The Rise of Rio's Militias

How police officers have turned criminal in Brazil's most famous city.

ByABC News
June 17, 2008, 7:03 AM

RIO DE JANEIRO, Brazil, June 17, 2008 — -- Violence by drug-trafficking factions has been plaguing Rio de Janeiro for over two decades. Many of the victims are under the age of 16.

According to official figures, drug-related violence in Rio kills nearly three times the number of minors every year than in Israel or the Palestinian territories.

Now some fear a new menace is threatening to take hold of the city, in the form of quasi-official militas made up of policemen and firemen both former and currently serving.

In recent years, the militias have been steadily occupying the city's slums and shanty towns, known as favelas, to help drive away drug traffickers.

Initially this tactic was largely welcomed by residents and was widely seen as effective. But as the militia moved into other activities such as illegally providing cable TV hookups and transportation services, a parallel world is emerging where lawlessness thrives.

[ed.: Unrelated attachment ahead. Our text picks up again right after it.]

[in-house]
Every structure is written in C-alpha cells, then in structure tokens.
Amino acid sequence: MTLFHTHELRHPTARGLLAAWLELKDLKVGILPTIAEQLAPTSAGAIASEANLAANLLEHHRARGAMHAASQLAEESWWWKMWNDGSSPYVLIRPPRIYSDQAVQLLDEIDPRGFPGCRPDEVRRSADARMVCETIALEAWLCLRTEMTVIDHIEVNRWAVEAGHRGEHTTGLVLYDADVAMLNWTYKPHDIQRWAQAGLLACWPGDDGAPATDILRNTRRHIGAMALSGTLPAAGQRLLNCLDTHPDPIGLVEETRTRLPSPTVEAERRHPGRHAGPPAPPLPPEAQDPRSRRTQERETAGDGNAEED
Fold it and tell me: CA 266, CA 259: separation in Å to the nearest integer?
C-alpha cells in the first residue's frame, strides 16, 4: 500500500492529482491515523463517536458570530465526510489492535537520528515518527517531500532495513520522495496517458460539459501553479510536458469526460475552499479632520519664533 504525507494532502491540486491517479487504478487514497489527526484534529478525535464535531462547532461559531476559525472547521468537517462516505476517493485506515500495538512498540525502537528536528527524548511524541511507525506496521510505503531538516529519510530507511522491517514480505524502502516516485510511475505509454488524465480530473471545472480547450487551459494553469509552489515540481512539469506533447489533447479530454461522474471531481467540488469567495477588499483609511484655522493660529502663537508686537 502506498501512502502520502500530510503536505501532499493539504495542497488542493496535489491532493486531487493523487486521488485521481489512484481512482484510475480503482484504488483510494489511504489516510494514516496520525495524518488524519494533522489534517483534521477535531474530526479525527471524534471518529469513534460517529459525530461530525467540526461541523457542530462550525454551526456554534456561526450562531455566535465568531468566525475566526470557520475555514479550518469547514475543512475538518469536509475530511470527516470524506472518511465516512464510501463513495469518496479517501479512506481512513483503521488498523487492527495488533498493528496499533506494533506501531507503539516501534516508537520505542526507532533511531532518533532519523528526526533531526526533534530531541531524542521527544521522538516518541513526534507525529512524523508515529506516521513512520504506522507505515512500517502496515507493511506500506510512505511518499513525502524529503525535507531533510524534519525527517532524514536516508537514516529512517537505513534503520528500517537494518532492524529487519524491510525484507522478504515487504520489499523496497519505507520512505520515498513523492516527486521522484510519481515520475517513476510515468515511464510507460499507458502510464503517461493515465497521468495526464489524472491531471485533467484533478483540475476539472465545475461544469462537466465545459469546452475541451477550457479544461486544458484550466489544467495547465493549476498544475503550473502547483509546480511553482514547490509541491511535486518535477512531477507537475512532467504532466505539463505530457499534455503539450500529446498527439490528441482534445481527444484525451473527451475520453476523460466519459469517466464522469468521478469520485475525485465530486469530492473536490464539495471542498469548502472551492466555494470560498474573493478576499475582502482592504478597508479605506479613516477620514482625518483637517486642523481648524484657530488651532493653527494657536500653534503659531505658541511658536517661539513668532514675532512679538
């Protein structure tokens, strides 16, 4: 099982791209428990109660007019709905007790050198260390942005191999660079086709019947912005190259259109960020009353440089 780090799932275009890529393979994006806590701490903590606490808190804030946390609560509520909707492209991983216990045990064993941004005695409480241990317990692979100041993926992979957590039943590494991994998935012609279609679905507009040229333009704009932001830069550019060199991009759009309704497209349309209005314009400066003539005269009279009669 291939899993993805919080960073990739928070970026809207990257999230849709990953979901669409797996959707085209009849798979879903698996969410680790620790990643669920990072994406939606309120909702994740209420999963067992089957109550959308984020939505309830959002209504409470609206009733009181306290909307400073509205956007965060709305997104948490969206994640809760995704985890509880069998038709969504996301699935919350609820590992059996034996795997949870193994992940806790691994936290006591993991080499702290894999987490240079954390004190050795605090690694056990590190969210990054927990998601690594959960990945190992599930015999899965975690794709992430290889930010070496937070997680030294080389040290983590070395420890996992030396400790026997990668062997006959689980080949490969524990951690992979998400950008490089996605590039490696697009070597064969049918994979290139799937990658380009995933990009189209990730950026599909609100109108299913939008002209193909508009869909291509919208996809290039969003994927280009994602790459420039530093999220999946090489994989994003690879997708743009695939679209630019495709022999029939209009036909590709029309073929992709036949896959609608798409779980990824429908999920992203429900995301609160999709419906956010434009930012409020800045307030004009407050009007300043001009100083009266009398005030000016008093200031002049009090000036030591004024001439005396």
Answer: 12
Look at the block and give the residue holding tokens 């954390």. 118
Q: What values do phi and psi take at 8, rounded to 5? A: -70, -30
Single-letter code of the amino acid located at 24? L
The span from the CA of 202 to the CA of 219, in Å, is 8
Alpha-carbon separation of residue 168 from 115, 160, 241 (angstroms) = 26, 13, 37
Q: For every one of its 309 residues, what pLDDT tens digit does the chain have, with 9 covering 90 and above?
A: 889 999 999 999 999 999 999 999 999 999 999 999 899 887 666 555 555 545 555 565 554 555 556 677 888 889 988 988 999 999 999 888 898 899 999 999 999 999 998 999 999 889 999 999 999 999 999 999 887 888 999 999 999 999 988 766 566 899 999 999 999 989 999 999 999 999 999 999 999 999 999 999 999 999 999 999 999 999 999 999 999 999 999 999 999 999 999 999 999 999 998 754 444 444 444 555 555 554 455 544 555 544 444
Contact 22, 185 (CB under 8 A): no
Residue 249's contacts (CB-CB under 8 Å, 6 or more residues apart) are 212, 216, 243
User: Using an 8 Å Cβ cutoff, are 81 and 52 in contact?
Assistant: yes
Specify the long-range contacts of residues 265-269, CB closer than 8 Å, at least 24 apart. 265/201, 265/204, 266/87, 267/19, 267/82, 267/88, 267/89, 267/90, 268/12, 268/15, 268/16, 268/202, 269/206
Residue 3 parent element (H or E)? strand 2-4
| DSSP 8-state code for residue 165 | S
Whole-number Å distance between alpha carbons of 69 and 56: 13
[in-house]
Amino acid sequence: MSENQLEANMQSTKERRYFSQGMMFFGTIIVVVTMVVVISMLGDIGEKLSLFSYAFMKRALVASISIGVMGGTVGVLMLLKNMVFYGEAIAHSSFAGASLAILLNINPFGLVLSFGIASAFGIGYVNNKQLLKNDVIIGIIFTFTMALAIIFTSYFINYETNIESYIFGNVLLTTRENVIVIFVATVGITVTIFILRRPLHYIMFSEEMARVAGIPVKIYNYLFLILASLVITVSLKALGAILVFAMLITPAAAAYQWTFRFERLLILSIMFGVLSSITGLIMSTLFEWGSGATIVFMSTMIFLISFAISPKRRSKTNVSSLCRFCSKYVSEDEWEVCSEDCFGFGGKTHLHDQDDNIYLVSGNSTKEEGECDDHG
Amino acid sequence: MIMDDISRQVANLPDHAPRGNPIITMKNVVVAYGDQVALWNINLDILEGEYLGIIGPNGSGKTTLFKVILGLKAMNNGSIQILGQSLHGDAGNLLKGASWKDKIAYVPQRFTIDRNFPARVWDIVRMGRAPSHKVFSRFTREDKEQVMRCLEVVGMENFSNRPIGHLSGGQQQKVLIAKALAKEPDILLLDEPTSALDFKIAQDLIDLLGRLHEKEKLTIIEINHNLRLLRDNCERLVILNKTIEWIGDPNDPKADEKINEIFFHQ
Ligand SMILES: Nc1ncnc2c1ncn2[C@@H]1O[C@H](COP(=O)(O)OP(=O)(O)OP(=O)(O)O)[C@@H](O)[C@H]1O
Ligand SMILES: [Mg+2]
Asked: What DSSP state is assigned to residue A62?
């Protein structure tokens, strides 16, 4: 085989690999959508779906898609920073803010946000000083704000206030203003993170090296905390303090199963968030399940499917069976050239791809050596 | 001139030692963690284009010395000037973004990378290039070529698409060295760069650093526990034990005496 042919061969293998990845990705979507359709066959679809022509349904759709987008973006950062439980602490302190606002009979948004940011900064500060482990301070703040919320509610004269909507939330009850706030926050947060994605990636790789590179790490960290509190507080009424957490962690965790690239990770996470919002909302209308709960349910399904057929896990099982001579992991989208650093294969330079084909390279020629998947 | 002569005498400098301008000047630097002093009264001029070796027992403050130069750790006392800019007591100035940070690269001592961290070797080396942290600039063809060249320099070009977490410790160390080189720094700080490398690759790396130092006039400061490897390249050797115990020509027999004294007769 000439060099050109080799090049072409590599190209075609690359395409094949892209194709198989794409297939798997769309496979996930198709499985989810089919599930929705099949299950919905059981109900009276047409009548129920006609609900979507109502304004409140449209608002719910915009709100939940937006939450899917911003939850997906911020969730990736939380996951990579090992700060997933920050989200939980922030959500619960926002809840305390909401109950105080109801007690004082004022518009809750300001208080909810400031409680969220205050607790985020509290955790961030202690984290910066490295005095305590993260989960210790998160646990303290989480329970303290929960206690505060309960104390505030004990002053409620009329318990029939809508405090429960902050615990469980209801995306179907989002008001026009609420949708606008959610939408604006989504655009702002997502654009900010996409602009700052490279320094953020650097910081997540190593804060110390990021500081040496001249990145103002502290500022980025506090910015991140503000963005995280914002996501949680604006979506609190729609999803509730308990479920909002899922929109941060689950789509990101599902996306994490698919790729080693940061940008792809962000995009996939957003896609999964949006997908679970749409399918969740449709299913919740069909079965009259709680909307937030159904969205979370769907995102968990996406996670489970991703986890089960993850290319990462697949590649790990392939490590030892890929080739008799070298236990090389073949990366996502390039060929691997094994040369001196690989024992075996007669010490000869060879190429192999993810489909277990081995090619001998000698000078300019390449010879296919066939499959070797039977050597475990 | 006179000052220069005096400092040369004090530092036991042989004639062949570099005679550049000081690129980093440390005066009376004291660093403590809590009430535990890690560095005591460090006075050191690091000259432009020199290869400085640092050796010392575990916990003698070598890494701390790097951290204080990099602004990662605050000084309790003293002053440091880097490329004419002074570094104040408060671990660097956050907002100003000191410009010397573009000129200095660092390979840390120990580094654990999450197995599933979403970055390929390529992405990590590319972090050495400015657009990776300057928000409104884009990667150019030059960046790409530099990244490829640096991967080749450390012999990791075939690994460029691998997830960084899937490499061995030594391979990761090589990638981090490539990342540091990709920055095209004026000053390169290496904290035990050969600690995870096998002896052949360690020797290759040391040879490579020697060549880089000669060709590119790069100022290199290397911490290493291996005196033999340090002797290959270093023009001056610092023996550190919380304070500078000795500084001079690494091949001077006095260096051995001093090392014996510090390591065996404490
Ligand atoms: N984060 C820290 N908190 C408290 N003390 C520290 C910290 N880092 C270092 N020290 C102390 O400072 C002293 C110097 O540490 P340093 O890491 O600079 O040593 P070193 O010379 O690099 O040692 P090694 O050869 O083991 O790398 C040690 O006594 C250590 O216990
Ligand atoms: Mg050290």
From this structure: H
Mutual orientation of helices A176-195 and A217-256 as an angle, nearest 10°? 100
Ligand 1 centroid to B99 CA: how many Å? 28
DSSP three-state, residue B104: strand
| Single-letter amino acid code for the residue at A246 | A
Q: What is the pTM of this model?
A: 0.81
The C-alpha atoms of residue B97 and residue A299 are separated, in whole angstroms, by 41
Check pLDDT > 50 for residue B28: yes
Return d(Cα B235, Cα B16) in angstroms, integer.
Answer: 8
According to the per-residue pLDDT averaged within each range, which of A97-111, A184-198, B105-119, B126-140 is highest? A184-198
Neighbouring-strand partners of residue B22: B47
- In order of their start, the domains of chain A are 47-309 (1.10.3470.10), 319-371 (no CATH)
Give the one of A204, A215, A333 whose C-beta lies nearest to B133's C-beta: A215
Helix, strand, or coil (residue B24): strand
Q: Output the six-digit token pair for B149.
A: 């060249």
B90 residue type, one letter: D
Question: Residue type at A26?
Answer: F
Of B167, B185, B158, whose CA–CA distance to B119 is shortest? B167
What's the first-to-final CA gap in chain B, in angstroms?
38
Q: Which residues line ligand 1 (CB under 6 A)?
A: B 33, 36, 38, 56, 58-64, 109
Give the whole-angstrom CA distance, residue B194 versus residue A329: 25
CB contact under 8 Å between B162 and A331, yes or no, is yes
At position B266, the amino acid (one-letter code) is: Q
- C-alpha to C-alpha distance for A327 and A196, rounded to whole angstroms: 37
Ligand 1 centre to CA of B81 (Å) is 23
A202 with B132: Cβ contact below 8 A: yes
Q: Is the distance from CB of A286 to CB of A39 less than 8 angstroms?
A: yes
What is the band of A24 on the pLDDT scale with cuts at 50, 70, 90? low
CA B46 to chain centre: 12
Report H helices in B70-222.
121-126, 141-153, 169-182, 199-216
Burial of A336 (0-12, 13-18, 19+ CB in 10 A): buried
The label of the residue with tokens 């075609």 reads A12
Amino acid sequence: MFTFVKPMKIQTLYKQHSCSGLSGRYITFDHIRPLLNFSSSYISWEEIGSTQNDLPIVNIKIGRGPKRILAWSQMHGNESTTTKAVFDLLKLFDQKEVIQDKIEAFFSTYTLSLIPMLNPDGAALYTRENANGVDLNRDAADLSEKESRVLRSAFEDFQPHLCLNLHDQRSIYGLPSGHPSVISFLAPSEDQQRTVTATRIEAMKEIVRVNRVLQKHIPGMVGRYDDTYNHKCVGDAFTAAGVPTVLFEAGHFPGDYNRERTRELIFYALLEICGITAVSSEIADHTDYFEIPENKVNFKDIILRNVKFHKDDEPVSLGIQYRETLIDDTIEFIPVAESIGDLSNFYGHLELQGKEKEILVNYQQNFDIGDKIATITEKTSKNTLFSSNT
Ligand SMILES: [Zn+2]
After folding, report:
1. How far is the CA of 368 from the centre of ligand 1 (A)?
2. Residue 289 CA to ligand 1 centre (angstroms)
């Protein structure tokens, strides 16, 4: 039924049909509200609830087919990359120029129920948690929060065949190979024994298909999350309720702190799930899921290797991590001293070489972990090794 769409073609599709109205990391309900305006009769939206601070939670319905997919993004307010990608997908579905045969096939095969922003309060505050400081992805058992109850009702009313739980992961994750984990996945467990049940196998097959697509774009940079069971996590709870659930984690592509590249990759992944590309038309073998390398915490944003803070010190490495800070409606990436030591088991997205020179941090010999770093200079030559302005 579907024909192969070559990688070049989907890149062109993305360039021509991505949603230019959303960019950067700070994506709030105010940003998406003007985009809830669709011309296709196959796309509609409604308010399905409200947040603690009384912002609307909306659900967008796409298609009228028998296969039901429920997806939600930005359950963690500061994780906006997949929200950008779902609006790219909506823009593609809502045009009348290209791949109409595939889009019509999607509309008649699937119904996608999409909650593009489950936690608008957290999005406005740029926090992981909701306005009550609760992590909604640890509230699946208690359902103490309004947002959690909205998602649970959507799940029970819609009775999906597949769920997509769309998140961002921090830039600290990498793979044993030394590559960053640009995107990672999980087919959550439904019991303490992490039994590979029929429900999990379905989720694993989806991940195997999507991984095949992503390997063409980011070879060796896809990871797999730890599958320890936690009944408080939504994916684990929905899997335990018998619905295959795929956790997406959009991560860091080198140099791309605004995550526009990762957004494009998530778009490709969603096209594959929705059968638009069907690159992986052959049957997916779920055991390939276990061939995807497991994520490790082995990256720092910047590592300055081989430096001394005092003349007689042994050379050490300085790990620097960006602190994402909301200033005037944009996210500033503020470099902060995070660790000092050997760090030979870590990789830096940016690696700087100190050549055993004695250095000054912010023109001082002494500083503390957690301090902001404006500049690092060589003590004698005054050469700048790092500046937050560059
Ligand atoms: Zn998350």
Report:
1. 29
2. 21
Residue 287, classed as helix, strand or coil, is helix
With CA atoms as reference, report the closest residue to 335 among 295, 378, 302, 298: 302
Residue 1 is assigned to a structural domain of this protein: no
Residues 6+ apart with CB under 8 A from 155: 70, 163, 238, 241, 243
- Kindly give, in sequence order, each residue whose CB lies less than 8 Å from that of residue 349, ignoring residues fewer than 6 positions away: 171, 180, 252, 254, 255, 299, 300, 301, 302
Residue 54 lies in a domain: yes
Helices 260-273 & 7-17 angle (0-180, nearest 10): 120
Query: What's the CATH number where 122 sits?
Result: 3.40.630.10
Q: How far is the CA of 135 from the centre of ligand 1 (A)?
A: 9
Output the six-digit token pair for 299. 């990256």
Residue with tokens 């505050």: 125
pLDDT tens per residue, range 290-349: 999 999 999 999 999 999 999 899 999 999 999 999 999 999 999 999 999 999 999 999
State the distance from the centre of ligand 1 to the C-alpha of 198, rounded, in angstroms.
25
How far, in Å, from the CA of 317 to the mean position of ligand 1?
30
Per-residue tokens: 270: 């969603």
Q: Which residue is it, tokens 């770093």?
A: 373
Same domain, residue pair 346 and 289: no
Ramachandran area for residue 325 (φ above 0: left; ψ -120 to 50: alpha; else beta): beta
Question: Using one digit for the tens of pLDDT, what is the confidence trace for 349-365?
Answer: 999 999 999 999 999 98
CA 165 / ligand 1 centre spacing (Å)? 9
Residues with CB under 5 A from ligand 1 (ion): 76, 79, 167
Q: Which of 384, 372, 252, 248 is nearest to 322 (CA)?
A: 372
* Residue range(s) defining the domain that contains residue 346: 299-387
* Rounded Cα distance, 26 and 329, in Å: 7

And most disturbing, critics say, is that the militias have become just as brutal as the drug traffickers.

Recently a group of journalists who were working undercover in the Batan favela, in western Rio, were captured and tortured by a militia group, who identified themselves as police officers. For over seven hours, they say they were subjected to electric shocks, beatings and suffocation by plastic bags and were made to play a game of Russian roulette.

Two men have since been apprehended. On June 4th, police arrested Davi Liberato de Araujo for participating in militia activities. Araujo has denied taking part in torturing the reporters. This week, a civil police officer, Odinei Fernando da Silva, suspected of being the chief of the Batan Militia turned himself in to the authorities after being on the run.

In the midst of this a political scandal broke when a congressman, Alvaro Lins, was arrested for his alleged role in establishing these criminal entities, an accusation he strongly denies.

Now, security officials are dealing with a more complex problem: the possibility of a potential war between law enforcement officials and gangs in the city's uncontrolled areas.